Figuring out if you’re ready to start investing isn’t always cut and dry. While you may have what appears to be disposable income available that you can put to work. There are other factors that you need to consider as well. Even if getting started sooner rather than later is usually a good move. There are a few questions you need to ask yourself before you begin. If you are trying to figure out whether now is the time to start investing, here are four questions you need to ask yourself.
1. Am I Financially Fit?
Investing isn’t something you should take on if other aspects of your financial house are not in order. Have you conquered all of your high-interest debt? Do you have an emergency fund that can cover your expenses for three to six months? Is your retirement account healthy? Can you live your chosen lifestyle and stay within budget with room to spare?
If you can honestly answer “yes” to the questions above, you may be financially fit. At that point, investing your surplus income could be a smart move, allowing your money to potentially grow faster than it would in another savings vehicle.
However, if your answer is “no,” then you might want to focus on a few other areas before you start investing. Pay off your high-interest debts (like credit cards, payday loans, and some personal loans) first. Since the interest rates are usually higher than what you can earn by investing your money, it is wiser to put the cash toward paying off those debts.
Similarly, having a robust emergency fund and retirement account gives you financial stability. Being able to live well within your means is also a sign of financial health, so it should also be a priority.
2. What Are Your Goals for the Money?
Since an investment account isn’t automatically tied to a particular goal, like saving for retirement or an emergency, you need to figure out what financial objectives the funds will support. For example, are you hoping to buy a home in cash? Do you want the ability to retire early? Are you saving for your or your child’s education?
The goal you have helps determine your timeline for building up the money. By understanding your objectives, you can select investment options that align with your plan.
3. Are You Risk Averse?
Investing comes with risk, period. There is no sure thing when it comes to the stock market or most investment options, so any money you put in could disappear.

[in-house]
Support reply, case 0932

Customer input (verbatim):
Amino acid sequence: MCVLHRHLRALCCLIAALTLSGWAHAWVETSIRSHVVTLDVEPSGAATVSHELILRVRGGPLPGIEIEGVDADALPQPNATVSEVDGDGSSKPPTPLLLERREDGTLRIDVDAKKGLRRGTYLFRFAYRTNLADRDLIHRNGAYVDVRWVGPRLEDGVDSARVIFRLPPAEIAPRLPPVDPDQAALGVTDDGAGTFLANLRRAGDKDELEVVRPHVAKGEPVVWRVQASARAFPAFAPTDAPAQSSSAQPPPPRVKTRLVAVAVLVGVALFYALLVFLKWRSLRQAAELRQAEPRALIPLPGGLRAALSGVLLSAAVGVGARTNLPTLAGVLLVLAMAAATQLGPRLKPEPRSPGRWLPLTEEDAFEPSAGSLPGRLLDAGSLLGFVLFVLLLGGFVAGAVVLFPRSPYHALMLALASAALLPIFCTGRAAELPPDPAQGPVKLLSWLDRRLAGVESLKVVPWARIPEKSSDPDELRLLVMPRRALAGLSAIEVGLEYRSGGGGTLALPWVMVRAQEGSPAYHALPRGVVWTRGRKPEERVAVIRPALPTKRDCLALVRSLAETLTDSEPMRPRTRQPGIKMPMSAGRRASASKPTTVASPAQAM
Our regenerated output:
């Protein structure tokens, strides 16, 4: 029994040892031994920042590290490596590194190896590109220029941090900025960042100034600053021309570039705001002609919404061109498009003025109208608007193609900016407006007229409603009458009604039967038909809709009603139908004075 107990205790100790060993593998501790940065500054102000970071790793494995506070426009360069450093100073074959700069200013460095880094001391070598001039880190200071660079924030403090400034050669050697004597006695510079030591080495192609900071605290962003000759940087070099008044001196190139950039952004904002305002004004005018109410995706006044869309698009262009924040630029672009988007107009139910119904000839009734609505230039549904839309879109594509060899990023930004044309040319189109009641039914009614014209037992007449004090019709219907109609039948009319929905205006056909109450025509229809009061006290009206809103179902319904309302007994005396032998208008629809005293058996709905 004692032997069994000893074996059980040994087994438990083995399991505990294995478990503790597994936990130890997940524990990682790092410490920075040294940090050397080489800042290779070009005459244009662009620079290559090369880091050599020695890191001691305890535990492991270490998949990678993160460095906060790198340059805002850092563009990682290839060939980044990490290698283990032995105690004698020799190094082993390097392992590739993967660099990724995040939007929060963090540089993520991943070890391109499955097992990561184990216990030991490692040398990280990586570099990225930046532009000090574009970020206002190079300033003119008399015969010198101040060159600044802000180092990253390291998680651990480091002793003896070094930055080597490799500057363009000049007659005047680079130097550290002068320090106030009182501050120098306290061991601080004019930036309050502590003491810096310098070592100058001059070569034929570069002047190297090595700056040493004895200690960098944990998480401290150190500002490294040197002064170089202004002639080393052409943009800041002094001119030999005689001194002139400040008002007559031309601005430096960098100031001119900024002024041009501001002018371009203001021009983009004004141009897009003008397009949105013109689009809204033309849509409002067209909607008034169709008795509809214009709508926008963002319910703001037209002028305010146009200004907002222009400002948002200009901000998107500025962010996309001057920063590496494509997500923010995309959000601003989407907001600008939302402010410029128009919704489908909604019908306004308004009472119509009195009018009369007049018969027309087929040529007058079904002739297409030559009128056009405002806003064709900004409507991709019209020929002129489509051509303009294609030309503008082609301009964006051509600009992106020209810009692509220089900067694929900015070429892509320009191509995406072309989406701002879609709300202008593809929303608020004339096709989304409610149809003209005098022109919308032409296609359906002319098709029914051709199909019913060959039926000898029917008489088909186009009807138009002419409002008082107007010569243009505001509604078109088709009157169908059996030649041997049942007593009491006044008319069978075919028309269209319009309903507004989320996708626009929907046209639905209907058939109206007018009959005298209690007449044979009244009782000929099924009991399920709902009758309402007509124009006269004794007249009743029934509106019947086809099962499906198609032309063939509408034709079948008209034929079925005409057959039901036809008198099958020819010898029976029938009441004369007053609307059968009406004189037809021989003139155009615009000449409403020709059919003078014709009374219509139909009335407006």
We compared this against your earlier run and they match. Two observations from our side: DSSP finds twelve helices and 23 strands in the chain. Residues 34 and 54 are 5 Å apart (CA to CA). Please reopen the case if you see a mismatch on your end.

However, certain approaches carry less risk than others. For example, index funds and mutual funds automatically come with a level of diversification. This can help your account maintain or grow in value if a single company or sector experiences a decline, essentially being balanced out (or more) by areas that are stronger.
If you are hoping to increase the value of your investments in a substantial manner quickly, then you will have to take on higher risk options. As a result, you are also increasing your odds of losing money, as a high-risk investment might be just as likely to take a tumble as it is to thrive.
Understanding how much risk you are comfortable with is also critical for planning. You can then choose investments that fall within your comfort zone, ensuring you have the highest earnings potential possible without experiencing undue levels of anxiety about your choices.
4. Do You Understand All of Your Investment Options?
Investing is an incredibly broad category. When most people think of investing, they focus on stocks from individual companies. However, there are alternatives, such as ETFs, mutual funds, index funds, real estate, precious metals, cryptocurrencies, and many more. If you don’t have a solid understanding of what you can invest in, it is better to learn about it before you start.
Similarly, gaining knowledge about the various services you may need to use to invest is also critical. For example, you might need to compare brokerages to make sure they work with the kinds of investments you want to make. Additionally, you need to examine their fee structures and various costs to determine which one is the best deal and consider their reputation to make sure they are reliable.
In some cases, you may even want to explore working with a financial planner. While these services come with a cost, these professionals can help you understand your options and assist you in designing an approach that aligns with your goals and risk tolerance.
Before Investing Ask Yourself
Ultimately, all of the questions above are important to ask yourself before you start investing. Otherwise, you might make decisions that aren’t ideal, harming your ability to make your money work for you and reach your goals.
What questions did you ask yourself before you started investing? Share them in the comments below.
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Tamila McDonald has worked as a Financial Advisor for the military for past 13 years. She has taught Personal Financial classes on every subject from credit, to life insurance, as well as all other aspects of financial management. Mrs. McDonald is an AFCPE Accredited Financial Counselor and has helped her clients to meet their short-term and long-term financial goals.